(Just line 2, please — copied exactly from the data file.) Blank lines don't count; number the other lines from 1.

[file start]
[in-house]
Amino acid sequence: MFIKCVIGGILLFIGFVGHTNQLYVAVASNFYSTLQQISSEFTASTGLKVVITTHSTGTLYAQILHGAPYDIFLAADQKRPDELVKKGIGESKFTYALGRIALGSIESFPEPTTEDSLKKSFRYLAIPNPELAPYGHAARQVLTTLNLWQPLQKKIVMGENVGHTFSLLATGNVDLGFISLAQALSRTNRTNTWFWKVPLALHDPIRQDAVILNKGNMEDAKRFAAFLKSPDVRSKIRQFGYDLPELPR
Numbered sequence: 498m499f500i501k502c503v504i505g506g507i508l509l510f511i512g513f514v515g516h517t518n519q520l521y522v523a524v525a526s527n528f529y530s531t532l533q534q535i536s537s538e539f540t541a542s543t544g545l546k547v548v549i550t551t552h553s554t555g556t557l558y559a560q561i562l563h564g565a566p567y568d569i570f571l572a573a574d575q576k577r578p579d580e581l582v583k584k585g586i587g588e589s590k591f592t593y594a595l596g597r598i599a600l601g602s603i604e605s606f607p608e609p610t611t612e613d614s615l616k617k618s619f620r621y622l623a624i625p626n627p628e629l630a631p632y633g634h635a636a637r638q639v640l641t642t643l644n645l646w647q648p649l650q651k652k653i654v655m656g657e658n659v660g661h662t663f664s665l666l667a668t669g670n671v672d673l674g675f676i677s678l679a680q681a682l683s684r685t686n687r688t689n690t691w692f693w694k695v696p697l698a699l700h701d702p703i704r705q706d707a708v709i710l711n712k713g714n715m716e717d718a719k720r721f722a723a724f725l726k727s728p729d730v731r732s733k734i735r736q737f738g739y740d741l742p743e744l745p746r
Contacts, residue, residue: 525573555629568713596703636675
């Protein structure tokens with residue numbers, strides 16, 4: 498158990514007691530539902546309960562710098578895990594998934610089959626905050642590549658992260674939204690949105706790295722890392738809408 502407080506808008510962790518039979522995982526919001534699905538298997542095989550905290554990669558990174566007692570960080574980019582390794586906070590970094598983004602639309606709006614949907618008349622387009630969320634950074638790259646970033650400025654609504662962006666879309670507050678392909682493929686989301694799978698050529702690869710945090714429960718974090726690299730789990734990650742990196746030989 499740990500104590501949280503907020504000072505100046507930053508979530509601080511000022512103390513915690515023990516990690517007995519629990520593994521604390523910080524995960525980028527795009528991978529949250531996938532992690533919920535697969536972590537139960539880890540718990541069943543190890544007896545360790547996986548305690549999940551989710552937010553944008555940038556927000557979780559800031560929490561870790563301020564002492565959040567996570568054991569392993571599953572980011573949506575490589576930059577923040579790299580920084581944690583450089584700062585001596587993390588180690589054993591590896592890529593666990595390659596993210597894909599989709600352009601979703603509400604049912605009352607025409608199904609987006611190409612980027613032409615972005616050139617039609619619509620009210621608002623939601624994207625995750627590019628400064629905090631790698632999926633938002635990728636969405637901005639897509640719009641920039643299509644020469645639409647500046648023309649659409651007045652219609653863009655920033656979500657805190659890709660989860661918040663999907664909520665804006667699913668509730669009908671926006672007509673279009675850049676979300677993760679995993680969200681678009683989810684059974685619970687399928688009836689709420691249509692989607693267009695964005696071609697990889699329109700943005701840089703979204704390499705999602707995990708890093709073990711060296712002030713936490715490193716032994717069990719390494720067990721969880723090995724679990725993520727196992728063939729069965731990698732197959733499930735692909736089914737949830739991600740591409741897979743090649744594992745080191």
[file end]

Amino acid sequence: MFIKCVIGGILLFIGFVGHTNQLYVAVASNFYSTLQQISSEFTASTGLKVVITTHSTGTLYAQILHGAPYDIFLAADQKRPDELVKKGIGESKFTYALGRIALGSIESFPEPTTEDSLKKSFRYLAIPNPELAPYGHAARQVLTTLNLWQPLQKKIVMGENVGHTFSLLATGNVDLGFISLAQALSRTNRTNTWFWKVPLALHDPIRQDAVILNKGNMEDAKRFAAFLKSPDVRSKIRQFGYDLPELPR